Human society is built around socialisation and social closeness. Coronavirus has shattered this behavioural pattern, forcing humans to practise social distancing, isolation and seclusion. This is right now the 'new normal' globally!
We can still use telecommunications and the social media to stay in touch, but just without human touch. In fact, human touch is the cornerstone of human living and humanity's forward march together. In the short term, this 'new normal' can be treated as an emergency response, which is needed to overcome the ongoing coronavirus-induced global crisis. But, what would be long-term ramifications of the corona-induced social distancing in relation to humans continuing to be humans as social beings?
The world has endured many other virus-caused pandemics over the ages, such as SARS in 2003, HIV/AIDS which appeared in 1981 and is still prevalent in certain parts of the world, Asian Flu in 1957-58, Russian Flu in 1918-19 and many more if one goes back to history. Some of them in fact caused millions of deaths. However, they were generally concentrated in certain parts of the world. Hence, no other pandemic was like the currently rampaging coronavirus pandemic as it has spread to almost all countries of the world.
The human race now faces an unprecedented existential crisis caused by a tiny virus which is life-threatening as well as mind-boggling for the totality of the global population. It is surely going to be an unimaginably different world following the coronavirus pandemic.
However, if the coronavirus pandemic firmly reminds people that life in this world is short and all humans are equal in death, so greed and hunger for power are all, in the end, meaningless, and if that awakening melts down class-distancing, class-subjugating and class-exploitation giving rise to 'another normal' where everybody is for everybody else, all together promoting decent and dignified living for all human beings all around the world, coronavirus will in effect have brought about a sea-change in the behavioural patterns of humans so necessary for human societies nationally and globally to be inclusive, equal, cohesive and sustainable for generations to come.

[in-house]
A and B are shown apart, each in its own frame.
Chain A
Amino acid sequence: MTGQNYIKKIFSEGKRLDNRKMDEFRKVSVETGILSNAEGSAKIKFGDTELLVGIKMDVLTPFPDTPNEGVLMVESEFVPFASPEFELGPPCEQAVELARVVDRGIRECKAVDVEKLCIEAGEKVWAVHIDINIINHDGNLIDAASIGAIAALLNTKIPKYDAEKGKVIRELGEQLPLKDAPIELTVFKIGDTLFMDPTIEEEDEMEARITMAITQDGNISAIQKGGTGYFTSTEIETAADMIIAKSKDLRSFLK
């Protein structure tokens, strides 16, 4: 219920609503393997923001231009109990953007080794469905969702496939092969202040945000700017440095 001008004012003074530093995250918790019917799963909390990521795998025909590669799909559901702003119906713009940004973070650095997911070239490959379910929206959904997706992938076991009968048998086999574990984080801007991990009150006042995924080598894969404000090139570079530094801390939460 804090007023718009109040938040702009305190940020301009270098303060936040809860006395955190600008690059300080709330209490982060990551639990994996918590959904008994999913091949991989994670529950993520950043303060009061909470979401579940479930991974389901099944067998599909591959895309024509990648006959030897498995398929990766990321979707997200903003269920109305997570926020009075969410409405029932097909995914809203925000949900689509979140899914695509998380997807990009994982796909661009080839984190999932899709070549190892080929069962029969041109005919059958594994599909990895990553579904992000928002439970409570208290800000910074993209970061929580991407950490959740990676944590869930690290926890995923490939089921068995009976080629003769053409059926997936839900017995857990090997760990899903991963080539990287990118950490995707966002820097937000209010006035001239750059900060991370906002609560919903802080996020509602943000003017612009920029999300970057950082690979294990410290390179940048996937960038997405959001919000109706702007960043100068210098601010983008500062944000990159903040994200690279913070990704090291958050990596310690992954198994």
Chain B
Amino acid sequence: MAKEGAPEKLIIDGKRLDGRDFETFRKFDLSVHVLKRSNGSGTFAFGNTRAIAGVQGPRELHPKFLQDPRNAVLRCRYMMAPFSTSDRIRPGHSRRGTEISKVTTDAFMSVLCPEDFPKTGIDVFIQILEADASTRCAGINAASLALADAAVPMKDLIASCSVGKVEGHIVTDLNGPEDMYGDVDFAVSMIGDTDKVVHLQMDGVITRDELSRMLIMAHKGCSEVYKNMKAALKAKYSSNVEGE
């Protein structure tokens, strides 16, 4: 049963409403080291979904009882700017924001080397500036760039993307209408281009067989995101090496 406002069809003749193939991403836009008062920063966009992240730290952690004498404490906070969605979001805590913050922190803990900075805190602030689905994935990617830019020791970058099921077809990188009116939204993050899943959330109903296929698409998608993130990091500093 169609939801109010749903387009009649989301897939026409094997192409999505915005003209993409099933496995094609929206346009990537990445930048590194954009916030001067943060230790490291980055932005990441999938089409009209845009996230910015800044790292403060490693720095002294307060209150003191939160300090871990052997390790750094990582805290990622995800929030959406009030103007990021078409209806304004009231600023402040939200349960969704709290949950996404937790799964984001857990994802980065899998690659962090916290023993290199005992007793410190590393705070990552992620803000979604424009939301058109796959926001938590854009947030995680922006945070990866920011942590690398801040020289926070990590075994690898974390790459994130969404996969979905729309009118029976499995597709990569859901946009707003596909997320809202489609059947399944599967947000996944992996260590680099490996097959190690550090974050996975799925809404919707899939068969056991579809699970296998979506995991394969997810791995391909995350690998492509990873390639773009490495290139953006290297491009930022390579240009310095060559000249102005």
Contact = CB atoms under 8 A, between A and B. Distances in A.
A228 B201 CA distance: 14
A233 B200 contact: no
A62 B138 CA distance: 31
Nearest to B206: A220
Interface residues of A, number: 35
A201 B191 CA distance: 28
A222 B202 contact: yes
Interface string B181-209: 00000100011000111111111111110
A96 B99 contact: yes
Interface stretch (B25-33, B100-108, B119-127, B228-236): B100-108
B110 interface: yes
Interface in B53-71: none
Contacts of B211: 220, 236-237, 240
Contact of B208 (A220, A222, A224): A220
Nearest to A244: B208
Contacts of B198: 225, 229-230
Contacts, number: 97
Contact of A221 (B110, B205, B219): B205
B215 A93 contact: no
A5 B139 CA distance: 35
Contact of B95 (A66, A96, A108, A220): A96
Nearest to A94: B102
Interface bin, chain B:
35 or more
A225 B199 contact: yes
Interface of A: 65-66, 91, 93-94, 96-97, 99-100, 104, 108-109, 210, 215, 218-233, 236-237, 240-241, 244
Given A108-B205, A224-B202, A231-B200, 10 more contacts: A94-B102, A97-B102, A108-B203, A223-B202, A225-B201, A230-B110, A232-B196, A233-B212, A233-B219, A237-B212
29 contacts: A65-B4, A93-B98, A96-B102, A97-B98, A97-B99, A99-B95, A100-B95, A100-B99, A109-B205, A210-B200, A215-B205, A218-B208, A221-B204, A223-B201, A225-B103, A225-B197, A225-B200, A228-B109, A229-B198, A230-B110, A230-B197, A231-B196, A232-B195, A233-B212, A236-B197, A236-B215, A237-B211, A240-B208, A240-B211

In that vein, my appeal to more fortunate segments of society in Bangladesh and elsewhere is for them to come forward and play their respective parts in support of the poor and all other groups most affected by the coronavirus invasion. But, at the same time, let us ALL strictly observe social distancing, hand-washing and other do's and don'ts for containing the spread of coronavirus.
In this context, let us all adhere to containment measures the government has introduced. Let us all rise to the occasion and come out of this corroding global coronavirus crisis together and, then, move forward together.
Indeed, in this context, the government has the preeminent responsibility to create a conducive overall environment through, for example, expansion of social security activities, expansion of socio-economic opportunities for the downtrodden, facilitation of cooperative actions by all citizens, assurance of an orderly overall environment, strict implementation of principles of no tolerance against corruption, greed and encroachment, and enactment and application of legal provisions if and as may be required.
At the same time, judicious and coordinated use of monetary and fiscal policies, designed on the basis of ground realities, is essential to help the economy keep moving forward without inflation getting out of hand. It is imperative that the government functionaries at all levels are motivated by the ideals of appropriate services to people regardless of their socio-economic status but on the basis of their needs. Let influence-and-sycophancy-based unequal policy and programmatic approaches be pushed out of the psyche of the people concerned by the coronavirus leveller.
Finally, let the spirit of 'everybody is for everybody else' guide us in conducting ourselves now and let it continue to guide our behaviour and actions, as indicated in a previous paragraph, in the post-crisis period and always thereafter, running through posterity. Wishful thinking! -- Hope not. But...
Qazi Kholiquzzaman Ahmad is a senior economist and development thinker.